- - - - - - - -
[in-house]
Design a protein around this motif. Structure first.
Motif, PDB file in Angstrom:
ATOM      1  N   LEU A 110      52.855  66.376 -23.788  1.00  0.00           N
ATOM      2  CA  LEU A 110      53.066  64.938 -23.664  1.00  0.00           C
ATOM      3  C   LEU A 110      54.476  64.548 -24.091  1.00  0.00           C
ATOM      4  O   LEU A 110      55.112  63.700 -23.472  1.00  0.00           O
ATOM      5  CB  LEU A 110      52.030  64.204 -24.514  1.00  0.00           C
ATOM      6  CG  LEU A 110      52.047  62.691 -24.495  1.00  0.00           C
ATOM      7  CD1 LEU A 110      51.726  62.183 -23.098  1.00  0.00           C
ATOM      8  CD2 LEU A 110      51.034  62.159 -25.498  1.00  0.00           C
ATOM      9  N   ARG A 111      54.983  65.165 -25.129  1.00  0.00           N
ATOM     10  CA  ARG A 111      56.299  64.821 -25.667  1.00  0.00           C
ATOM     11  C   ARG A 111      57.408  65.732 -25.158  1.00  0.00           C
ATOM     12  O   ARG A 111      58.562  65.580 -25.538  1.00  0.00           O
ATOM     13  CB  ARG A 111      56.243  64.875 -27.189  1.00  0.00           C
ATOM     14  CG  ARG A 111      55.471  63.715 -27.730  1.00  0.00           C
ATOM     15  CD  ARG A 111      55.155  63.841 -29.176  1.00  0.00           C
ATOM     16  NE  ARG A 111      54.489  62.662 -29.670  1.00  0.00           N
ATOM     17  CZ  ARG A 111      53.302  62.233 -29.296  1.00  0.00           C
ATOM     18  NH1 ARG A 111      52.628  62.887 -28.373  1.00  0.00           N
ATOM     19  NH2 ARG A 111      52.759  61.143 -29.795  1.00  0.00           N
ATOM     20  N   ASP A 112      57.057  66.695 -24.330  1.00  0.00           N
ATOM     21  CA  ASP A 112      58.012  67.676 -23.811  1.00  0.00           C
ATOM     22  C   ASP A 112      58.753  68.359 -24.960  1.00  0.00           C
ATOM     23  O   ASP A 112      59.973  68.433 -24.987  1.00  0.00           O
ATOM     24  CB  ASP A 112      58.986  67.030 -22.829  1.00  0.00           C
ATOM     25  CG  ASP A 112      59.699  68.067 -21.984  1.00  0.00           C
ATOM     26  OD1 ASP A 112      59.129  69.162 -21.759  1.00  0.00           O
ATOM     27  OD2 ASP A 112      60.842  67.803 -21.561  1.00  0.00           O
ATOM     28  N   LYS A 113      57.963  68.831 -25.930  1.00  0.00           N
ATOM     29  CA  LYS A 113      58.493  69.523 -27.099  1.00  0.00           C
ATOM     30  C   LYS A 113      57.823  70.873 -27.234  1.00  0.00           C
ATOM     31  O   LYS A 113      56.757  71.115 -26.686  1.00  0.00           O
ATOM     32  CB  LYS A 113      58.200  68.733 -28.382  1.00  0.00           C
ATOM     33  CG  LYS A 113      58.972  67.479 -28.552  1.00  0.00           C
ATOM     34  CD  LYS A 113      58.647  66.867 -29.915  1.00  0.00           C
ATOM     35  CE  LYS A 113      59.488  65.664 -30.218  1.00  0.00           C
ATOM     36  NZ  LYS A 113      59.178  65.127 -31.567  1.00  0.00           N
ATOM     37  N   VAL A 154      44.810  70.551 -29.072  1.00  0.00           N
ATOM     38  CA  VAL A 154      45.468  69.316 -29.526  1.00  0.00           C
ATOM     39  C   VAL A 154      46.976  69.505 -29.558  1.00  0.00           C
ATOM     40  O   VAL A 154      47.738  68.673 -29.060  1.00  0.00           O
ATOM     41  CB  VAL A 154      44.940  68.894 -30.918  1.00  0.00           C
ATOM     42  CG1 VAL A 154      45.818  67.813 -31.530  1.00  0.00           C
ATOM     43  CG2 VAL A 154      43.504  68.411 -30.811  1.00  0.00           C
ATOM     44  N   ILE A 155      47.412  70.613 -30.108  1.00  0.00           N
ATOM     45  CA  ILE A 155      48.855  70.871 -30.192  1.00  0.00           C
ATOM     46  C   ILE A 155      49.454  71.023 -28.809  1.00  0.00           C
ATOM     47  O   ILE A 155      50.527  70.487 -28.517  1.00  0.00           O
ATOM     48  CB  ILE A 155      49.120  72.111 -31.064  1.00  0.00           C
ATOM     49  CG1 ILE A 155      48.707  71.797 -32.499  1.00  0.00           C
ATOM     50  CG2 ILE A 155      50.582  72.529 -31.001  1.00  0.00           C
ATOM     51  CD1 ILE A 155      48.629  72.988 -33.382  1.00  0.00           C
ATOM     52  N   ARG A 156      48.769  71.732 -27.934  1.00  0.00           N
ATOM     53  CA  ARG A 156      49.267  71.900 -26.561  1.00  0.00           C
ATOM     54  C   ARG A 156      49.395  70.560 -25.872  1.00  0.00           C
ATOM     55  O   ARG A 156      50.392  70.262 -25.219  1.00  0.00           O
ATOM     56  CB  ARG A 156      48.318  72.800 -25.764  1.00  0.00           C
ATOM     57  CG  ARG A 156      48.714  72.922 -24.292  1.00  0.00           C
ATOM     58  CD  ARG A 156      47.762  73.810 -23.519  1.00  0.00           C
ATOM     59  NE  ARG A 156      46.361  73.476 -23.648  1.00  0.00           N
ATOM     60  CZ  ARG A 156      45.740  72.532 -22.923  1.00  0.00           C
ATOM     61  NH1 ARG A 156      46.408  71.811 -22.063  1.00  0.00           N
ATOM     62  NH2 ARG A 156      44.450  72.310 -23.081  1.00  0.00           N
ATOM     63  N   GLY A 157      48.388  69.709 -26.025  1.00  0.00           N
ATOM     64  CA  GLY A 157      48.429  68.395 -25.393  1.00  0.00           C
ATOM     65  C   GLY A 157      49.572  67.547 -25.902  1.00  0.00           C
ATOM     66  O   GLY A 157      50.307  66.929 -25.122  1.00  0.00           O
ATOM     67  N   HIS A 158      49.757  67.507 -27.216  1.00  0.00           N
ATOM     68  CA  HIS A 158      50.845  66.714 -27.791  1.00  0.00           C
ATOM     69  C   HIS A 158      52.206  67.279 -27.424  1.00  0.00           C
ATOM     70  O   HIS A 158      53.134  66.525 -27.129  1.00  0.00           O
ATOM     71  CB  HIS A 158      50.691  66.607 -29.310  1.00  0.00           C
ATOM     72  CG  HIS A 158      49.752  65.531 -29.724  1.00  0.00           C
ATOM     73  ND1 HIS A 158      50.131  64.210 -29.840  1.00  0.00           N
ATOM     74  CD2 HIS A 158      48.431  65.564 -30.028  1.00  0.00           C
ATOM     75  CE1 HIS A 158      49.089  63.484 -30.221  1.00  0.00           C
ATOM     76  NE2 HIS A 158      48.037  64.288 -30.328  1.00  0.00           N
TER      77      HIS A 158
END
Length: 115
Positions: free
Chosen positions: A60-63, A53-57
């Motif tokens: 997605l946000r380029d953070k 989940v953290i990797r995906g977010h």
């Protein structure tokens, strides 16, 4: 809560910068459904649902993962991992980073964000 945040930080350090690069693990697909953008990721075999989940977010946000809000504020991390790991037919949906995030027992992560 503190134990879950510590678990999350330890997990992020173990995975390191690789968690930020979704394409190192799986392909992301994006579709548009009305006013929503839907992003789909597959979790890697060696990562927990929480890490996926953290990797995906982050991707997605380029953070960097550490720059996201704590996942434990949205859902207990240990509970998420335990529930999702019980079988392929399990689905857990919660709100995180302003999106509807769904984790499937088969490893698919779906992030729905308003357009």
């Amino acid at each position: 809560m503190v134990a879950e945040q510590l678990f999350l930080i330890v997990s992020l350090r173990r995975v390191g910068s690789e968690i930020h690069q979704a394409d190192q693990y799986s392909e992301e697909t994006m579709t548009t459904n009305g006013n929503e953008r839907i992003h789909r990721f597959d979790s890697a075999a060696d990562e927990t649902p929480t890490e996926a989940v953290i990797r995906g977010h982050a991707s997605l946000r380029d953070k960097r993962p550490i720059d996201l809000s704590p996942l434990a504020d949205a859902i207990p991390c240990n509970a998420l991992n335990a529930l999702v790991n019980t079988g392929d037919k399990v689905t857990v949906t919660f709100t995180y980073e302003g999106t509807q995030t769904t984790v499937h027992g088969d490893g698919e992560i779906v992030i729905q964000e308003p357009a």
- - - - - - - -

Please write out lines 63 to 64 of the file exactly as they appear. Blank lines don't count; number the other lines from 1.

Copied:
ATOM     60  CZ  ARG A 156      45.740  72.532 -22.923  1.00  0.00           C
ATOM     61  NH1 ARG A 156      46.408  71.811 -22.063  1.00  0.00           N